During retro-translocation most ERAD substrates are ubiquitinylated, which facilitates ER extraction by the Cdc48/p97 complex. Thus, ER-resident E3 ubiquitin ligases, which append ubiquitin onto ERAD substrates, play key roles during degradation. Two conserved ubiquitin ligases, known as Doa10 and Hrd1, have been found to facilitate the degradation of every ubiquitinylated substrate in yeast [16-18]. Because these proteins possess multiple transmembrane-spanning segments, it has also been suggested that they moonlight as the long-sought retro-translocation channel, or comprise a component of the channel . They also may directly contribute to the recognition of some ERAD substrates. A similar, but more complex, situation appears to exist in mammals, where two Hrd1p homologues (Hrd1 and gp78) and a putative Doa10 homologue (TEB4), coexist with several additional ER membrane-located ligases, possibly with more specialized roles (e.g. RMA1/RNF5 and Kf-1) [20,21].
Because approximately one-third of all proteins encounter the secretory pathway, and because each of these proteins can potentially misfold or fail to acquire the proper post-translational modifications, there has been significant effort to understand how ERAD substrates are selected. As noted above, molecular chaperones aid in the folding of nascent polypeptides. Some of these same chaperones may also target misfolded proteins for ERAD. In addition, glycan-binding lectins in the ER act as critical mediators during the selection of some ERAD substrates . Recent evidence indicates that there is a sequential interaction between distinct lectins prior to retro-translocation [23,24].
As the number of ERAD substrates has grown, it has become possible to classify them into distinct groups based on the site of the mis-folding lesion; thus, proteins with lesions in the lumenal space are referred to as “ERAD-L” substrates, proteins with lesions within the ER membrane are referred to as ERAD-M” substrates, and proteins with lesions in the cytoplasm are referred to as “ERAD-C” substrates (Fig. 1). Based on studies in yeast, these classes can also be distinguished by the specific E3 ubiquitin ligase that is required during degradation , and to some extent by the requirement for specific chaperones and lectins [16,17,26].
The increase in the number of known ERAD substrates has also led to the discovery that some substrates engage proteins that seem to be devoted to either enhancing or preventing their degradation. In the following sections, we will briefly describe how these substrate-specific factors were identified and function.
Yeast contain an essential plasma membrane H+-ATPase, known as Pma1, which spans the membrane 12 times and oligomerizes and folds within the ER. Perhaps because of its essential function and complex folding pathway, the ERAD of some Pma1 mutants utilizes a committed chaperone . This chaperone, known as Eps1, is one of five PDIs in the yeast ER , and thus far it appears that the Pmal mutant protein is the only ERAD substrate that requires Eps1. In contrast to Eps1, which is “pro-degradative”, the folding of amino acid permeases in the ER in yeast require a factor known as Shr3 . In the absence of Shr3, the permeases begin to aggregate in the ER and are targeted for ERAD. Interestingly, the amino acid permeases possess 12 transmembrane segments, and Shr3—which is also a membrane protein—retains the first five segments in a folding-competent conformation. Thus, Shr3 exhibits bona fide chaperone activity for a specific class of proteins.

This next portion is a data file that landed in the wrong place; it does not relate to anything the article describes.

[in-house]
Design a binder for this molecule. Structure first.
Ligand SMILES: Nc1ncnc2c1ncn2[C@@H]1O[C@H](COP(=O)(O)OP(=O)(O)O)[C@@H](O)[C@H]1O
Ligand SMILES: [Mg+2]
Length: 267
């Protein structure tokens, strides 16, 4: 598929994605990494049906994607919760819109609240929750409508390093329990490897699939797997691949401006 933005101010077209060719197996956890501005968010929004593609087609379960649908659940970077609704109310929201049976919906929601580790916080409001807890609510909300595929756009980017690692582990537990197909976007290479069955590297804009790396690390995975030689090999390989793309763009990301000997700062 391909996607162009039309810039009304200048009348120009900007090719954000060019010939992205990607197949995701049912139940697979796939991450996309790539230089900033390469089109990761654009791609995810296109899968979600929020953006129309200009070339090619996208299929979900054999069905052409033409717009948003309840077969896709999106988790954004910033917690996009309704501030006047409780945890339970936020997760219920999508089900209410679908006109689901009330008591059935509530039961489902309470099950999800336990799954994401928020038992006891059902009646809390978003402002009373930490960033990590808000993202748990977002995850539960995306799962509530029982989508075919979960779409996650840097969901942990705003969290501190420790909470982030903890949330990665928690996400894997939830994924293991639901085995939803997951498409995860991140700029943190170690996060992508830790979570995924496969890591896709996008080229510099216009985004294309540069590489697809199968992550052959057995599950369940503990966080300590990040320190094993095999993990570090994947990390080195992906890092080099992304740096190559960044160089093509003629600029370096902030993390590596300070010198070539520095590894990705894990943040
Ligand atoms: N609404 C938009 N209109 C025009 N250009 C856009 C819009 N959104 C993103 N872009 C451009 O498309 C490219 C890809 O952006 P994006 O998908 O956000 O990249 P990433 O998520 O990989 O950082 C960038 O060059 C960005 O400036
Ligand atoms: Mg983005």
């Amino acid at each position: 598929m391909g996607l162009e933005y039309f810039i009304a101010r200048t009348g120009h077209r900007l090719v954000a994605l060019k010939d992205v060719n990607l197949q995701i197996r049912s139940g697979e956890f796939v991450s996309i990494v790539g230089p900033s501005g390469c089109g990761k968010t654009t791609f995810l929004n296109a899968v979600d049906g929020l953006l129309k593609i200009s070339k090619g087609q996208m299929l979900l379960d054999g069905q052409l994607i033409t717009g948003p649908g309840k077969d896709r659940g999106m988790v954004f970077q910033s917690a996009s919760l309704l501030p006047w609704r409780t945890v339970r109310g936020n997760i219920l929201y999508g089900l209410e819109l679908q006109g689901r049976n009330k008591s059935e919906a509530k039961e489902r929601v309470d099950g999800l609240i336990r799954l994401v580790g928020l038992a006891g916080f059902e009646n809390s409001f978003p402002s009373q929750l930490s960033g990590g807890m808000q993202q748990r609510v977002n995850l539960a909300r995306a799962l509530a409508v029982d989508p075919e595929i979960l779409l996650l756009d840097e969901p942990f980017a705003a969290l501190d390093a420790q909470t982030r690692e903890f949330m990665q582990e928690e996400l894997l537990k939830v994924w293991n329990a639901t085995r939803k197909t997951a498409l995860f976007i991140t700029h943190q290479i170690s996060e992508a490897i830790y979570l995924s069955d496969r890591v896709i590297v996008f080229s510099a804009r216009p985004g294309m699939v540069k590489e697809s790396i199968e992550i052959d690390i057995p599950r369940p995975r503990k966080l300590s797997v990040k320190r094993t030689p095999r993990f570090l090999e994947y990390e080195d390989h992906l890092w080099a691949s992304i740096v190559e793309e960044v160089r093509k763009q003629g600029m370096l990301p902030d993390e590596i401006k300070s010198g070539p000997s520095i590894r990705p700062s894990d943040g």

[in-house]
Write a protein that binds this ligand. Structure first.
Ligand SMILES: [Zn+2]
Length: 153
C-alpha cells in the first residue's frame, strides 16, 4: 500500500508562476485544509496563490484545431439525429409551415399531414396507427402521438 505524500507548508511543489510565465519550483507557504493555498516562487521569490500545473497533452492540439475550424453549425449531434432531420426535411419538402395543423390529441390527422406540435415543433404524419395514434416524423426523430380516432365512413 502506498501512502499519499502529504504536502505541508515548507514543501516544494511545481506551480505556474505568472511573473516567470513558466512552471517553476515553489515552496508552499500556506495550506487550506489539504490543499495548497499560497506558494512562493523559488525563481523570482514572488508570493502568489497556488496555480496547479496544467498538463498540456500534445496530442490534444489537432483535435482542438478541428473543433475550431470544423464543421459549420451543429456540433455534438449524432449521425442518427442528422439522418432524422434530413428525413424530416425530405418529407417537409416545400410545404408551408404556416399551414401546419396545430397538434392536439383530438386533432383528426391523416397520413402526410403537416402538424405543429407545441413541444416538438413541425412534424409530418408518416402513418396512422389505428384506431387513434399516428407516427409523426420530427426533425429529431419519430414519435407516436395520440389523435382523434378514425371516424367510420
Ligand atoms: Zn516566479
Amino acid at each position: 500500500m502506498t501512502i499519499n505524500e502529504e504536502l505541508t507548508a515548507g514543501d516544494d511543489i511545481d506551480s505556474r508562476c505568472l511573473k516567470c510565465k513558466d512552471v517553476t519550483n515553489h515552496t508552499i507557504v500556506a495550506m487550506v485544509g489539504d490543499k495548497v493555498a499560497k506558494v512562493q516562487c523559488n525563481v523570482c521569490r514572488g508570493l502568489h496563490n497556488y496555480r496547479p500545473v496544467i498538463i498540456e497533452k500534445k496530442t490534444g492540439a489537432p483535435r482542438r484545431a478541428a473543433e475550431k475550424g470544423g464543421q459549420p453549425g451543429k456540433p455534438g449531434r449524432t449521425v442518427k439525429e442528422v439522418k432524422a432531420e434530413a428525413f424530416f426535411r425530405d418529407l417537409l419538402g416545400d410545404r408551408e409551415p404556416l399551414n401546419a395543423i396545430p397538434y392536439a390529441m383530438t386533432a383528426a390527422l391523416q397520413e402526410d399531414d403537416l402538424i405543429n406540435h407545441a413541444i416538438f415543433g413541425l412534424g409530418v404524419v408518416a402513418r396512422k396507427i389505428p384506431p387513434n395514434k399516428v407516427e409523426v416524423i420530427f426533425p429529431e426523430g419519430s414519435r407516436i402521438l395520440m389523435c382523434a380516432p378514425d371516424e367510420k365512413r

Apolipoprotein B (ApoB) is a large, ~550 kD protein that binds to cholesterol, cholesterol esters, and phospholipids as it translocates into the ER in the liver and small intestine. This process is required for the biogenesis and secretion of low- and very low-density lipoproteins, and ApoB is the most abundant protein in these cholesterol-carrying particles. If, however, the ER is cholesterol- or lipid-poor then ApoB only partially enters the ER and is retro-translocated and co-translationally targeted for ERAD . Therefore, lipids and cholesterol prevent ApoB ERAD. In turn, the loading of these metabolites onto ApoB requires a committed chaperone, known as the microsomal triglyceride transfer protein (MTP) [31,32]. MTP is a dimer of PDI and a 97 kDa “M” subunit. If MTP is absent or is inactivated ApoB is targeted for ERAD regardless of whether the synthesis and secretion of LDLs and VLDLs are needed. In fact, reduced levels of circulating cholesterol and triglycerides are evident in individuals who lack MTP activity . This condition, known as abetalipoproteinemia, leads to a defect in the utilization of fat-soluble vitamins and profound developmental defects. In contrast, a more modest reduction in MTP activity through the administration of an inhibitor, known as BMS-201038, has been shown to reduce circulating cholesterol levels . Consequently, this substrate-specific ERAD regulator has emerged as a promising therapeutic target.